• PartiesLabour – I have been a member of the Labour Party for many years and am clinging on by my fingernails, but not for much longer. I shudder to think what Nye Bevan and James Keir Hardie would make of today’s wishy-washy, middle-of-the-road, appeal-to-all-people policies and their willing embracing of austerity. They support renewing Trident at a cost of £15-£20 billion, despite foodbanks having to deal with record numbers of clients. If the predicted rout of Labour in Scotland takes place, they will be decimated and I wonder if they will ever be a truly national party again.
  • Plaid Cymru – again, they declare themselves to be a socialist party, but I don’t see a great deal of evidence of this. They have three MPs at present and may pick up a seat in May. The problem is that they will only have a handful of MPs and in a hung parliament they may be able to do some good in a coalition. However, this is where my fear of divisiveness comes in. With a large SNP presence plus a few Plaid members and the strident Unionists from over the water, the national parties will require huge concessions which will contribute towards divisiveness and cause many English people to question if they really do want to be part of a United Kingdom. Plaid up here in its heartland is very negative towards non-Welsh speakers in general and England in particular.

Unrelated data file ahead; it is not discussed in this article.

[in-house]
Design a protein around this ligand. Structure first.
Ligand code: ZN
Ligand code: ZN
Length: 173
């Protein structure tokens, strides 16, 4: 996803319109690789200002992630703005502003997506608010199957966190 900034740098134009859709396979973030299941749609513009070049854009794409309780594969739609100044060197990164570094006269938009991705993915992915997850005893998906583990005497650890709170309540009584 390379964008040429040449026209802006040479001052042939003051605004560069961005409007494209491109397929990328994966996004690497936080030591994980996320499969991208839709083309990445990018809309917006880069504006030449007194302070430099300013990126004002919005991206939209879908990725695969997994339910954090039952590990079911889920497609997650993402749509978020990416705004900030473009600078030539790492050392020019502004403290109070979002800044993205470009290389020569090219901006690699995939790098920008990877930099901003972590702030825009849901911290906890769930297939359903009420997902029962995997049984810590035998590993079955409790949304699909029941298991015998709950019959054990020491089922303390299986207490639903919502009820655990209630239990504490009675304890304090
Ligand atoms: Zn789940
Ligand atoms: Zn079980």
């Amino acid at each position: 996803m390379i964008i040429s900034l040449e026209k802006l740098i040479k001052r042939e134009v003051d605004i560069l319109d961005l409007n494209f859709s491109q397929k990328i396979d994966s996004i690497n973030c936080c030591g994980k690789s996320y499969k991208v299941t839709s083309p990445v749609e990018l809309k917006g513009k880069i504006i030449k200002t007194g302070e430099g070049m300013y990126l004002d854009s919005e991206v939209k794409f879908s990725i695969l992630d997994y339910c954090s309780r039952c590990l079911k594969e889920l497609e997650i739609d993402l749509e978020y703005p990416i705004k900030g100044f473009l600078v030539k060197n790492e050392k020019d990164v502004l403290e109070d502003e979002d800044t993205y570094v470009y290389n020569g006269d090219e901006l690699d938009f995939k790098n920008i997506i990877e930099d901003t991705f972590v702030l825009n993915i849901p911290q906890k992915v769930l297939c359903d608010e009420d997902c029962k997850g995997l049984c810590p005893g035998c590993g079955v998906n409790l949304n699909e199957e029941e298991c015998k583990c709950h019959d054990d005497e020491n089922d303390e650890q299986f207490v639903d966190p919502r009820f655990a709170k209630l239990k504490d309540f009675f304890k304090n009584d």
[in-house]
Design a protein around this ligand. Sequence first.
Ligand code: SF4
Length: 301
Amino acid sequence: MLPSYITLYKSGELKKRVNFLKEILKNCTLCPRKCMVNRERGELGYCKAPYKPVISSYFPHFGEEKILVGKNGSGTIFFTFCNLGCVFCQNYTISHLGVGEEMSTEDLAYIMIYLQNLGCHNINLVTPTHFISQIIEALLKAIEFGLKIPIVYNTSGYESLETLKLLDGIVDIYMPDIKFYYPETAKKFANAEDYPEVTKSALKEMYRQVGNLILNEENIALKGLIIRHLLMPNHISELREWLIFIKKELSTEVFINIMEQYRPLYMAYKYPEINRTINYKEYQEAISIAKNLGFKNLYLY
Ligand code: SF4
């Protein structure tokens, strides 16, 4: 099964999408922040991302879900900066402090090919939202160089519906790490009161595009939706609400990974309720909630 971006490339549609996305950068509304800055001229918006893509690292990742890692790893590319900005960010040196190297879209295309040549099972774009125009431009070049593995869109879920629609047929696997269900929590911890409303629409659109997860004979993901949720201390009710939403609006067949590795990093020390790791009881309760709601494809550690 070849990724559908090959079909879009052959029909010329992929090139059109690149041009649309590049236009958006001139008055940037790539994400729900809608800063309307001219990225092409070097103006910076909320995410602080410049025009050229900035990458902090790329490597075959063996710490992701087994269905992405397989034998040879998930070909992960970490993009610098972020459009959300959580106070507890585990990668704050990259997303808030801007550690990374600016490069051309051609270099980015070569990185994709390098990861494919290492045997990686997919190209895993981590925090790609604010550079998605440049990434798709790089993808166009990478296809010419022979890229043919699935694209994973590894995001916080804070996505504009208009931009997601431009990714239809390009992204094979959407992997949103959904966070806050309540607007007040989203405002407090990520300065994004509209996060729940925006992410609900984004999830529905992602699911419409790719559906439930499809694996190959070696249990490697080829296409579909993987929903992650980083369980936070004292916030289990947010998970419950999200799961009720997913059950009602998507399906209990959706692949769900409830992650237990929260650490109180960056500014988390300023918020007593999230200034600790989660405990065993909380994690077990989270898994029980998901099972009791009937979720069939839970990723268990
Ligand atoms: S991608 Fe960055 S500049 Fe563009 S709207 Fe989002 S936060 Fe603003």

As an aside, was a total advocate of proportional representation until I realised that it would mean that Ukip would have a lot of seats and that thought fills me with horror. Now I am not quite sure whether I think it’s a good idea or not to ditch the first past the post system. At least that will spare us from more than a handful of Ukip fruitcakes. Whatever happens in May, we are going to have a government which two-thirds of the population does not want and England is going to be full of resentment at the concessions that Wales, Scotland and Northern Ireland will demand.

I’m going to keep banging the drum for the need for the UK to move towards a federal system, devolving almost everything except foreign policy and defence to the nations. We can but dream.